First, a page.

Folks love their Subarus, but which one to buy, the Outback or the Forester? Is it height alone that separates them or is there more?
It’s a burning question even among those who don’t know a Birkenstock from a Basquiat: which Subaru is best, the Outback or the Forester? Both share Subaru’s new Global Platform. Both are beloved among pet-lovers and outdoor enthusiasts alike. They both exude competence and practicality. It’s truly a conundrum for the ages.
The most obvious difference between the Outback and Forester are their respective silhouettes. The Forester is very much the traditional light SUV, it has the same 8.7-inch ground clearance as the Outback, but the wheelbase is shorter by three inches. In fact, it’s almost nine inches shorter overall while also being two inches taller. This profile grants the Forester its distinctive high greenhouse and upright riding position, while the Outback’s classic lifted station wagon look and ride prevails.
These differences play out in two spheres. First, in cabin space and second, in handling. The Forester ends up with more passenger and cargo space, with 111.9 cu. ft versus 109 cu ft. for passengers and 35.4 cu. ft. for cargo versus the Outback’s 32.5 cu. ft. Seats down, the Forester still wins for cargo, but just barely, with 76.1 cu. ft. versus 75.7 cu. ft in the Outback.
What the Outback gives up in footage it gives back in handling. The Forester’s high profile means the traditional lean of the SUV, however well muted, remains. The Outback benefits from its longer wheelbase (both longer than the Forester and the out-going 2019 Outback). Cornering and road-feel are more car-like than you’d reasonably expect from a vehicle this capable.
|Passenger Volume||Cargo (seats up)||Cargo (seats down)|
|Outback||109 cu. ft.||32.5 cu. ft.||75.7 cu. ft.|
|Forester||111.9 cu. ft.||35.4 cu. ft.||76.1 cu. ft.|
Speaking of capabilities, the Outback gets one up on the Forester here too, if only because of its additional engine option. Both the Outback and Forester start with the same 2.5L 4-cylinder Boxer engine, but the Outback has an optional 2.5L turbocharged 4-cylinder available in its Onyx Edition XT trim. The turbo lends great pep to the Outback Onyx; so much so that you won’t miss the outgoing optional 3.6L flat-six. Sadly, the Forester has to make do with its single engine. Both come with the same CVT (continuously variable transmission).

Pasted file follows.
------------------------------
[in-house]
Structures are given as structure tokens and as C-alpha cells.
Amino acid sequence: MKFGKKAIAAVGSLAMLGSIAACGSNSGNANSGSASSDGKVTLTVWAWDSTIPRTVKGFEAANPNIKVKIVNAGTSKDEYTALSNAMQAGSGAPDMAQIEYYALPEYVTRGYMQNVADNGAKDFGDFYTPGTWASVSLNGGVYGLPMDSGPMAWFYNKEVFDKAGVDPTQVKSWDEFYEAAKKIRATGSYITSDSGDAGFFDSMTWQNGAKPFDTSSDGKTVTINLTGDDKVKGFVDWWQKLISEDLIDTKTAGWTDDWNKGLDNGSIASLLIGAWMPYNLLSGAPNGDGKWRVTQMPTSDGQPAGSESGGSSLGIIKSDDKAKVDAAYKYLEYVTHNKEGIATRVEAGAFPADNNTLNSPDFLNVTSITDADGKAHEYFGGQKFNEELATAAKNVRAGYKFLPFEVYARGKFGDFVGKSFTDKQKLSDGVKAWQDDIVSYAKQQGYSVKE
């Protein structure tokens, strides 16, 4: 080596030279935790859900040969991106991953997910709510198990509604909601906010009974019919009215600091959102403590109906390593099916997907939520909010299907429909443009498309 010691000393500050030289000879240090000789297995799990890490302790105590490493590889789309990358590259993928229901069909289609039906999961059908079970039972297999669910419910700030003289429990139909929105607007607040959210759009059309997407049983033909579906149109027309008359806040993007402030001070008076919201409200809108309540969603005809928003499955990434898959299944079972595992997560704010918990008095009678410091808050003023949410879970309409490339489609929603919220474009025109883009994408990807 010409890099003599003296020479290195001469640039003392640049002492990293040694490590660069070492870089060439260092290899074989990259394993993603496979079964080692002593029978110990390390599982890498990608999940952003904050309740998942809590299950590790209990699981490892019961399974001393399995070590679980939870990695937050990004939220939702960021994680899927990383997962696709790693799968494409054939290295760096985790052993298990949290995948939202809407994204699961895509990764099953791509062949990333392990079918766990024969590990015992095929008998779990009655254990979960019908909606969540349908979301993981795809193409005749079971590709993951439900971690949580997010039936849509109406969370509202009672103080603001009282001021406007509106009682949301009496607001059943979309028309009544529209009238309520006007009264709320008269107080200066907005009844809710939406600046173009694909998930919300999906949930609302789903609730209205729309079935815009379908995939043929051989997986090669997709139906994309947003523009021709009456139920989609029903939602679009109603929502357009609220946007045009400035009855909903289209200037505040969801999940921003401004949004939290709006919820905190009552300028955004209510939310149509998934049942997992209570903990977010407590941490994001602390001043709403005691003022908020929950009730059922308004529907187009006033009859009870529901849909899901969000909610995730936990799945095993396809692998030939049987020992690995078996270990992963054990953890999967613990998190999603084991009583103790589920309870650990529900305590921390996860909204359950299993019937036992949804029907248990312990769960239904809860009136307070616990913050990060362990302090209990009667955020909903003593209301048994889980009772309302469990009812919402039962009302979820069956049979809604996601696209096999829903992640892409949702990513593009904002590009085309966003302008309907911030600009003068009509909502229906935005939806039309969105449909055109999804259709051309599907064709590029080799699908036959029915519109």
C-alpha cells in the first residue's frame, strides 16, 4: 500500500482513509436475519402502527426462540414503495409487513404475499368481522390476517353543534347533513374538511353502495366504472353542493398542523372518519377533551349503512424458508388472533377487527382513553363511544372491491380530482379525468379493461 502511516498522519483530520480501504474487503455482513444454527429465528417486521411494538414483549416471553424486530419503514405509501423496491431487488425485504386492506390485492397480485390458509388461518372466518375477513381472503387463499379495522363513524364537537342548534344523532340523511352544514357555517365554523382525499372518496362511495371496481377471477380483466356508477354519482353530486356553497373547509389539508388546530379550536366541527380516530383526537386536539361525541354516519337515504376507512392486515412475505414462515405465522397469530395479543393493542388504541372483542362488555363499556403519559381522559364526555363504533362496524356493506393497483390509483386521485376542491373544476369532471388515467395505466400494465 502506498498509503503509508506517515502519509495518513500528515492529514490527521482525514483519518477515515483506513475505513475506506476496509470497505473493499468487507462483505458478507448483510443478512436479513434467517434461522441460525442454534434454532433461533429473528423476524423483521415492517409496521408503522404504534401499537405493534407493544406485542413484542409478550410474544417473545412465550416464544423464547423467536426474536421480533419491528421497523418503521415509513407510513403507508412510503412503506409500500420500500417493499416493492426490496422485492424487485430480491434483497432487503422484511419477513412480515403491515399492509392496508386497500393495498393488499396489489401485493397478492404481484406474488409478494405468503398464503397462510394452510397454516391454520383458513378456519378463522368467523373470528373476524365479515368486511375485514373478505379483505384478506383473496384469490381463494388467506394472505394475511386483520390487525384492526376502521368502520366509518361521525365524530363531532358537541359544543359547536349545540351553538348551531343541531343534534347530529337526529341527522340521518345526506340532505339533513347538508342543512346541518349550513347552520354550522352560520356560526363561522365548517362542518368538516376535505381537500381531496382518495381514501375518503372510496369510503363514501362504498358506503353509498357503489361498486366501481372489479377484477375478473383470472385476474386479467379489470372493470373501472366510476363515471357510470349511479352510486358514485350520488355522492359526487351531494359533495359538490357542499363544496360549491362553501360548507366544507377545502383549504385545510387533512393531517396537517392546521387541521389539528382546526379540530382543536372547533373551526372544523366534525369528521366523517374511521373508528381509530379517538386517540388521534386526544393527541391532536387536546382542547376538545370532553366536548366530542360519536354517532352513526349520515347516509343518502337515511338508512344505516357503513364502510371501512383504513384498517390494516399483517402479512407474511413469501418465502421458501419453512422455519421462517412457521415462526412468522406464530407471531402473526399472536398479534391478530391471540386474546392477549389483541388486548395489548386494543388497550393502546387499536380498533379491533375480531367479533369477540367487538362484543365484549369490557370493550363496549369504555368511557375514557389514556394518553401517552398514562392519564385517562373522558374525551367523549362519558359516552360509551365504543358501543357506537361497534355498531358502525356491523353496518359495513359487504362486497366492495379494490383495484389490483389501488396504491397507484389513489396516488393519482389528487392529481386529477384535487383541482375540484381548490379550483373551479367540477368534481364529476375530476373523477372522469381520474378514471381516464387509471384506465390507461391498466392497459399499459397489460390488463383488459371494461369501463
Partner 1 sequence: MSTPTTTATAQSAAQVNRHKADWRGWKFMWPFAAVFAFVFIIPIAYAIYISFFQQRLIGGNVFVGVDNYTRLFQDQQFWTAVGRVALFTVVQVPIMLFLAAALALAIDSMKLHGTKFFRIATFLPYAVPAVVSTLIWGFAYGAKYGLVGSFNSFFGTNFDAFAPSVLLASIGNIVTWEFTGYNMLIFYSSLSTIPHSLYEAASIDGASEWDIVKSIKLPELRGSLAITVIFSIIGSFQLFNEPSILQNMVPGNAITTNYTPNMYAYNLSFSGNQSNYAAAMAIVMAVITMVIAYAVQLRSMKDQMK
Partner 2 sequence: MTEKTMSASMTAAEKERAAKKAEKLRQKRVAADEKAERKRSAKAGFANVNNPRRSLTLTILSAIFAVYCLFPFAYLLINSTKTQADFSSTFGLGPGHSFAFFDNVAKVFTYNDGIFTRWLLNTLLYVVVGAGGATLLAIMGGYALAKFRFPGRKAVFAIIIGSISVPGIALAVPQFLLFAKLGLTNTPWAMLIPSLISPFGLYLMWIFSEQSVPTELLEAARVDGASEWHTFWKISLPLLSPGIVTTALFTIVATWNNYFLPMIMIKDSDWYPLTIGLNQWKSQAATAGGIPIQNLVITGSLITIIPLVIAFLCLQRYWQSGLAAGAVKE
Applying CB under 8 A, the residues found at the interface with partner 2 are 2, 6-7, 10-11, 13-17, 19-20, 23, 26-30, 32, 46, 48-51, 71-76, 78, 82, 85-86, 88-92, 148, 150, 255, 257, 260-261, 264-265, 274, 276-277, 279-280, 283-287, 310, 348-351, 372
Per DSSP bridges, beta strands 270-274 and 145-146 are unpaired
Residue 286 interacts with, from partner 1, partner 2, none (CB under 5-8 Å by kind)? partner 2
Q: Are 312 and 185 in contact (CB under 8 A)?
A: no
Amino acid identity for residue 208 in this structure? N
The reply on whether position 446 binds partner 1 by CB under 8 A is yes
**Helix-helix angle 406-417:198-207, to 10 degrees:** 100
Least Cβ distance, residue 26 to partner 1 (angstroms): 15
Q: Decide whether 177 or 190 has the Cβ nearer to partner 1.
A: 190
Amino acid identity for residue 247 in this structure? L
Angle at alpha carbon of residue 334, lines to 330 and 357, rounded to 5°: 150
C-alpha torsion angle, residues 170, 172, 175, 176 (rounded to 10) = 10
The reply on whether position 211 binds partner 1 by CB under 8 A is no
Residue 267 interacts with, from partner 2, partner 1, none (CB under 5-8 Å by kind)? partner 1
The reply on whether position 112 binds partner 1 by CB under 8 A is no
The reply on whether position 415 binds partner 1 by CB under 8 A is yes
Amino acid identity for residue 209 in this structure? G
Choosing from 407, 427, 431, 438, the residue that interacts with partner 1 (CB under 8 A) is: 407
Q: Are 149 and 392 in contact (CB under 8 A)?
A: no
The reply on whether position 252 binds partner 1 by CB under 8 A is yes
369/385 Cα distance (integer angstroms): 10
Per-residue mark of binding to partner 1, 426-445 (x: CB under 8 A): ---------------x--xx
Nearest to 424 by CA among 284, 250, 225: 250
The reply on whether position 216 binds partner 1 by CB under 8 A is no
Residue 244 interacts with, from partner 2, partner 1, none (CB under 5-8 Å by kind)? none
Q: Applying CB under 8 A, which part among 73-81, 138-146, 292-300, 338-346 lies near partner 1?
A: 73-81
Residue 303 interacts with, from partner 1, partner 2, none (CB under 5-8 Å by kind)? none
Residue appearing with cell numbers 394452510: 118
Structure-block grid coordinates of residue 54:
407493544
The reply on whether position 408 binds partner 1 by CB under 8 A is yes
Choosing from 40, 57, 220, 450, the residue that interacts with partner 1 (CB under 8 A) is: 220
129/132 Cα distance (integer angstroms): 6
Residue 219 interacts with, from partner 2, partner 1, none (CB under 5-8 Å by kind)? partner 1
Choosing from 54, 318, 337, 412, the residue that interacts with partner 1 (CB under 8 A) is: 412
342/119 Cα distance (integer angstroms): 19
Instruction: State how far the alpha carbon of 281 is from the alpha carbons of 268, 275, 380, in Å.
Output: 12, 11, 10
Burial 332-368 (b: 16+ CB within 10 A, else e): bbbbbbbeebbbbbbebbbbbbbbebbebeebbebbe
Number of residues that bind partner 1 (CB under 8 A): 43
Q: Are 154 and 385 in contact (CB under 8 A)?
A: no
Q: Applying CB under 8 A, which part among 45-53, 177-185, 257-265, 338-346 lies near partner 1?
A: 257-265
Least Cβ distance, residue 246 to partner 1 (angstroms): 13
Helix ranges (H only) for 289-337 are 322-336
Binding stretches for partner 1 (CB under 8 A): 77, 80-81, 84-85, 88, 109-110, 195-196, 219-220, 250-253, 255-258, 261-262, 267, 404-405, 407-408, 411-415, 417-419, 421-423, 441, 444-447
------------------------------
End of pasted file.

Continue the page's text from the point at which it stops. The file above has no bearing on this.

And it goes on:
When it comes to towing, the Outback wins hands down. Not only does it start out with nearly double the tow rating of the Forester (2700 lbs. vs. 1500 lbs.), the 2.4L turbo engine lends even more heft and gets the Outback up to 3500 lbs.
As to features and options, here the Subaru siblings continue to distinguish themselves apart. Each gets a special “sporty” trim. The Forester’s Sport trim adds orange accenting to the exterior cladding and interior moldings and seats. The Outback’s Onyx XT has blacked out cladding and StarTex water-resistant upholstery to compliment the extra power under the hood. This could be considered a wash aesthetically, but the top of the line Outback Touring offers wood paneling and Nappa leather seats for those who need to rough it in style.
Tech-wise, the Forester and Outback are closely matched, largely sharing the same standard safety features and tech options. One glaring exception is the availability of the 11.6-inch touch screen (and attendant tech package) on the Outback. The Forester’s touchscreen maxes out at a less ostentatious 8-inches.
Both the Forester and the Outback have the DriverFocus feature, which actively monitors the driver’s face and sends an alert if it detects drifting attention to the road. This top-of-the-line safety feature is only available on the top Touring Forester trim, but it is an option for both the Outback Limited and Touring.
One spot where the Forester comes out on top is the panoramic moonroof. A standard feature above the base Forester trim is standard only on the Outback Touring. Count this as yet another reason to love the already airy Forester cabin.
Again, the Outback stands out, though the higher asking price isn’t likely to count in the plus column for potential buyers. The Forester starts out at $24,295, while the base Outback runs $26,645. These numbers track similarly as we move up the trim lines. However, at the top Forester Touring maxes out at $34,295, right next to the Outback Onyx Edition at $34,895. The tip-top Outback Touring jumps up almost another $3,000 to $37,345. There are a plethora of options and upgrade across all trim levels, ranging from Thule cargo carriers to foot-well accent lighting.
|Base||Premium||Sport||Limited||Onyx Ed. XT||Touring|
Adding the above up it might appear that the case for the Outback over the Forester is pretty iron clad. But let’s run down some strengths of each just to be sure.
The race for best Subaru was surprisingly close. Each model has its attractions. If you want the beefier engine and sportier handling, go with the Outback. If you like the airy cabin and SUV stance, go for the Forester. I’ll leave it up to you which Subaru ultimately wins the day.